Synopses & Reviews
Pa`nop´ti`con (noun). A circular prison with cells so constructed that the prisoners can be observed at all times. [Greek panoptos 'seen by all']
Anais Hendricks, fifteen, is in the back of a police car. She is headed for the Panopticon, a home for chronic young offenders. She can't remember what’s happened, but across town a policewoman lies in a coma and Anais’s school uniform is covered in blood.
Raised in foster care from birth and moved through twenty-three placements before she even turned seven, Anais has been let down by just about every adult she has ever met. Now a counter-culture outlaw, she knows that she can only rely on herself. And yet despite the parade of horrors visited upon her early life, she greets the world with the witty, fierce insight of a survivor.
Anais finds a sense of belonging among the residents of the Panopticon — they form intense bonds, and she soon becomes part of an ad hoc family. Together, they struggle against the adults that keep them confined. When she looks up at the watchtower that looms over the residents though, Anais knows her fate: she is an anonymous part of an experiment, and she always was. Now it seems that the experiment is closing in.
Named one of the best books of the year by the Times Literary Supplement and the Scotsman, The Panopticon is an astonishingly haunting, remarkable debut novel. In language dazzling, energetic and pure, it introduces us to a heartbreaking young heroine and an incredibly assured and outstanding new voice in fiction.
"If you’re trying to find a novel to engage a determinedly illiterate teenager, give them this one. Anais, the 15-year-old heroine and narrator, has a rough, raw, joyous voice that leaps right off the page and grabs you by the throat….This punkish young philosopher is struggling with a terrible past, while battling sinister social workers. Though this will appeal to teenagers, the language and ideas are wholly adult, and the glorious Anais is unforgettable." The Times
"[A] confident and deftly wrought debut…The Panopticon is an example of what Martin Amis has called the 'voice novel,' the success of which depends on the convincing portrayal of an idiosyncratic narrator. In this Fagan excels….Her voice is compellingly realised. We cheer her on as she rails against abusive boyfriends and apathetic social workers, her defiance rendered in a rich Midlothian brogue." Financial Times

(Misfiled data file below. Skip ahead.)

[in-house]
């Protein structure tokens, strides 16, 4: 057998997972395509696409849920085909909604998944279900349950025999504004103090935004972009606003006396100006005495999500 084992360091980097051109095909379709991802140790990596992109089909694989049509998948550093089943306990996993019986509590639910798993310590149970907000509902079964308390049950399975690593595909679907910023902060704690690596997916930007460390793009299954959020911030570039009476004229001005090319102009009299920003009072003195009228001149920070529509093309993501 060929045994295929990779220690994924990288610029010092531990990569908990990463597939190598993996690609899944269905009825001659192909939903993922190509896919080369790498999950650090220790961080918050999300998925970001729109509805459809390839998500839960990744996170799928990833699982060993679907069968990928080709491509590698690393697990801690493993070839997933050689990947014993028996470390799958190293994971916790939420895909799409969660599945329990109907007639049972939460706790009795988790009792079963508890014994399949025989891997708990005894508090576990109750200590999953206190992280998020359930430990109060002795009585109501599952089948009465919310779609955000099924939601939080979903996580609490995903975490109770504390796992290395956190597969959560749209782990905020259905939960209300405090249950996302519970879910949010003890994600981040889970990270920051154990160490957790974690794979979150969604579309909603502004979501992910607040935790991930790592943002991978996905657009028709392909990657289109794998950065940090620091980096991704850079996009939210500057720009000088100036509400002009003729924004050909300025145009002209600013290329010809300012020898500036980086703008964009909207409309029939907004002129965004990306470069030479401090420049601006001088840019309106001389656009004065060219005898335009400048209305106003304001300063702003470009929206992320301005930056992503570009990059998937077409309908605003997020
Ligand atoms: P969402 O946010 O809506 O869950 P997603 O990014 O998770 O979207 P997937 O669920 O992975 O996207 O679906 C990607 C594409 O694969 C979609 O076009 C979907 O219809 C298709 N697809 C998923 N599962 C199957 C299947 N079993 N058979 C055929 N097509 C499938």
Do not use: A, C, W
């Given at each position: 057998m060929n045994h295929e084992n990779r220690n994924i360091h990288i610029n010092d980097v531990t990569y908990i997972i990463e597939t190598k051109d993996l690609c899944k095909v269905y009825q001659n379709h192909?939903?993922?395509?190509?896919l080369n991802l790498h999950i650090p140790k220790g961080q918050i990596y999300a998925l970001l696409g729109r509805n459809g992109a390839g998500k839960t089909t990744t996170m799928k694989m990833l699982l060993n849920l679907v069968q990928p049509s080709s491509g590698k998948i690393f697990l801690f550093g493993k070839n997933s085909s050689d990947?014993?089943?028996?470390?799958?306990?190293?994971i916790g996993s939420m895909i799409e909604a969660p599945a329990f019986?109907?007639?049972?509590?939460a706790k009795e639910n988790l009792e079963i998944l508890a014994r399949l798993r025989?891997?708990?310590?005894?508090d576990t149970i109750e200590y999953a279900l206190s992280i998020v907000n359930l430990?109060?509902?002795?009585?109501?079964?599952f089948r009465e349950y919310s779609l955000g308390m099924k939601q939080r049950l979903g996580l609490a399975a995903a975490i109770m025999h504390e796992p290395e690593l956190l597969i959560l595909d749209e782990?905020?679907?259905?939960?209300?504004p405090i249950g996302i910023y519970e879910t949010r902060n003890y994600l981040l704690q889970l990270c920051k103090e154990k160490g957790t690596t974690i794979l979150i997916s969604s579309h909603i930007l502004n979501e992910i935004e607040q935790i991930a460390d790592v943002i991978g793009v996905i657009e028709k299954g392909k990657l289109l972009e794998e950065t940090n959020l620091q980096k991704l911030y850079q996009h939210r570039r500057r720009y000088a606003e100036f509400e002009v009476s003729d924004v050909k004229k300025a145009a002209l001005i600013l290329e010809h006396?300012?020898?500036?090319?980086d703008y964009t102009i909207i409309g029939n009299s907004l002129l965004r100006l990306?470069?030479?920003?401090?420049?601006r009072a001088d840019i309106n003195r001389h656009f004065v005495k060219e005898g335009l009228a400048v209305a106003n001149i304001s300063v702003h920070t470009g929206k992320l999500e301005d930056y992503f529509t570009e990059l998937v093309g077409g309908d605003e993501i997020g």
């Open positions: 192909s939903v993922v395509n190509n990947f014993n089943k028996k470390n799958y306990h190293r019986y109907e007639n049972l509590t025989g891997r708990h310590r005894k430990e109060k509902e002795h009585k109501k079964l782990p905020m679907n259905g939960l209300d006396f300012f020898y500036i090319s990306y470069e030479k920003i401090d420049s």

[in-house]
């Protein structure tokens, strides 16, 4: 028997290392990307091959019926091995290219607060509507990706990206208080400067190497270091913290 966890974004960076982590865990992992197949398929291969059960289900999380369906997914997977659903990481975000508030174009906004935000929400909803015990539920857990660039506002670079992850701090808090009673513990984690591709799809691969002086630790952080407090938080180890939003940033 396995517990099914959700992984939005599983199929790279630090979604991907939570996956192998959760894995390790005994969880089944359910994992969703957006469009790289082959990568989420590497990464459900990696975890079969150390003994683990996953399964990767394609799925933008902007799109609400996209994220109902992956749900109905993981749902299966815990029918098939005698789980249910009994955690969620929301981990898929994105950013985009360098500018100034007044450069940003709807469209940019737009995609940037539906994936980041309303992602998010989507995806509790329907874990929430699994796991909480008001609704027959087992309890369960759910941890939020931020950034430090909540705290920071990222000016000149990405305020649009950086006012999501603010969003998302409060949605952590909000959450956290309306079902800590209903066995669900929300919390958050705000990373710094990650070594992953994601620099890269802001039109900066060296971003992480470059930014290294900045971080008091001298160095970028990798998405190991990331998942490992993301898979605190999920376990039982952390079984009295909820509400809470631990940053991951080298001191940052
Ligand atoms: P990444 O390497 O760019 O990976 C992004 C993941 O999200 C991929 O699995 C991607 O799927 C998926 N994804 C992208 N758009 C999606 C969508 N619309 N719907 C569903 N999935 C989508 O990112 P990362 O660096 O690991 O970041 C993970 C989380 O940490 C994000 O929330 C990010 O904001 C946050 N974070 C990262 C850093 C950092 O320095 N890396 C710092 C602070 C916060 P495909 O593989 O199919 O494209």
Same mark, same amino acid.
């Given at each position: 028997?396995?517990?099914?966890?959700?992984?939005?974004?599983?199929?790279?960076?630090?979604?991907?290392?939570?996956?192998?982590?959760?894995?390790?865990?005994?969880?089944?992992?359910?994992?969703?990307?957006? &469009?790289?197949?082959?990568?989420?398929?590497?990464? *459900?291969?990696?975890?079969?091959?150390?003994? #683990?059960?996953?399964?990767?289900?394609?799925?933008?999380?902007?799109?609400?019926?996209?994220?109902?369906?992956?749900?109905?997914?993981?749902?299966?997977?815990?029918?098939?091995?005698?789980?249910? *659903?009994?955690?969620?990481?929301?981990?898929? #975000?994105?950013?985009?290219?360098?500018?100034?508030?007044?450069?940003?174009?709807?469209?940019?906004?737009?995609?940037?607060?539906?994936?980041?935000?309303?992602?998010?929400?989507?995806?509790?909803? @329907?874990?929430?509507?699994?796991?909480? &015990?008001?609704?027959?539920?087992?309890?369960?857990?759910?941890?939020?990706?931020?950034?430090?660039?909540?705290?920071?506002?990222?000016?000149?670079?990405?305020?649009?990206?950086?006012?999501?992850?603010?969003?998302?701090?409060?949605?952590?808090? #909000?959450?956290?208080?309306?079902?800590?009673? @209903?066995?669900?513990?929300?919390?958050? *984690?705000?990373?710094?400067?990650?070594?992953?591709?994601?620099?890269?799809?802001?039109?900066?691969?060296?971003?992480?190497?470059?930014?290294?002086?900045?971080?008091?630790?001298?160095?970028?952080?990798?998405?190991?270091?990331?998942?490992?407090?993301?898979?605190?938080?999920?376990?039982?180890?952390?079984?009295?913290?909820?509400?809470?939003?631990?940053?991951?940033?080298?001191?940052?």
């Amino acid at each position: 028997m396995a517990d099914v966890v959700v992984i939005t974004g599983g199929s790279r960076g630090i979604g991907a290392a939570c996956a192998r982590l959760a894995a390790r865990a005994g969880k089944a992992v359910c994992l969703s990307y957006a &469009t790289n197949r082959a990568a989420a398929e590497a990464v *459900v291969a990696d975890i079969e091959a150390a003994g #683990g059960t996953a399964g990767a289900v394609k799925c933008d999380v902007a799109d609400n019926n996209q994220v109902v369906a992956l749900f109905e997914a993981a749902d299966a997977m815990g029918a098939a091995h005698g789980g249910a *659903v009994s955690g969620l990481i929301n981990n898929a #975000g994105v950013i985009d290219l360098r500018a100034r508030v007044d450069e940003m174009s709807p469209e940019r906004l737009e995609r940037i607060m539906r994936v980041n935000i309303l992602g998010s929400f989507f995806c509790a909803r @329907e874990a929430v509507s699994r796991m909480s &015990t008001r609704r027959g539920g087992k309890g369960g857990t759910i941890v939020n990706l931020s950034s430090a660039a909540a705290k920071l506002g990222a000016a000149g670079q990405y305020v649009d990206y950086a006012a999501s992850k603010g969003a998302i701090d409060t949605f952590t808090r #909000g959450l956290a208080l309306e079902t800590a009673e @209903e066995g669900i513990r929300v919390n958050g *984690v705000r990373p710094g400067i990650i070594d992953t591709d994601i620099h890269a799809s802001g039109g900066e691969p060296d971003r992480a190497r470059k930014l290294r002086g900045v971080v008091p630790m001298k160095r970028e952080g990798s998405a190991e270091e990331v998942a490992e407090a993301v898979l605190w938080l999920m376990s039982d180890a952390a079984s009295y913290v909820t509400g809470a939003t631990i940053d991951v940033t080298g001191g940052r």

"[The narrator] is engagingly drawn by Fagan, who has created a character possessed of intellectual curiosity and individual quirks….Written with great verve…Fagan has a clear voice, an unflinching feel for the complexity of the teenage mindset, and an awareness of the burden we impose on children….What’s intriguing here — particularly in a Scottish fiction landscape that can display too much of the plodding everyday — is her effort to lift the story of teen misadventure into a heightened realm of intellectual aspiration and quasi-sci-fi notions of sinister social change." Scotland on Sunday
"What Fagan depicts in her debut novel, The Panopticon, is a society in which people don't just fall through the net — there is no net….Fagan is writing about important stuff: the losers, the lonely, most of them women. [Anais] maintains a cool, smart, pretty, witty and wise persona." Guardian
"Reminiscent of Girl, Interrupted….The novel is as bold, shocking and intelligent as its central character…The institutional details (magnolia walls, screwed-down chairs) anchor The Panopticon in realism, giving it a greater bite. Much of Anais’ life is the stuff of tabloid shock stories and The Panopticon’s strength lies in giving you an insight into the lonely, damaged girl behind the headlines….This week’s winner." Stylist
"An indictment of the care system, this dazzling and distinctive novel has at its heart an unstoppable heroine…Fagan’s prose is fierce, funny and brilliant at capturing her heroine’s sparky smartness and vulnerability….Emotionally explosive." Marie Claire
"Best debut novel I've read this year." Irvine Welsh
About the Author
Jenni Fagan was born in Livingston, Scotland. She graduated from Greenwich University and won a scholarship to the Royal Holloway MFA. A published poet, she has won awards from Arts Council England, Dewar Arts and Scottish Screen among others. She has twice been nominated for the Pushcart Prize, was shortlisted for the Dundee International Book Prize, and was named one of Granta's Best of Young British Novelists in 2013. The Panopticon is her first novel.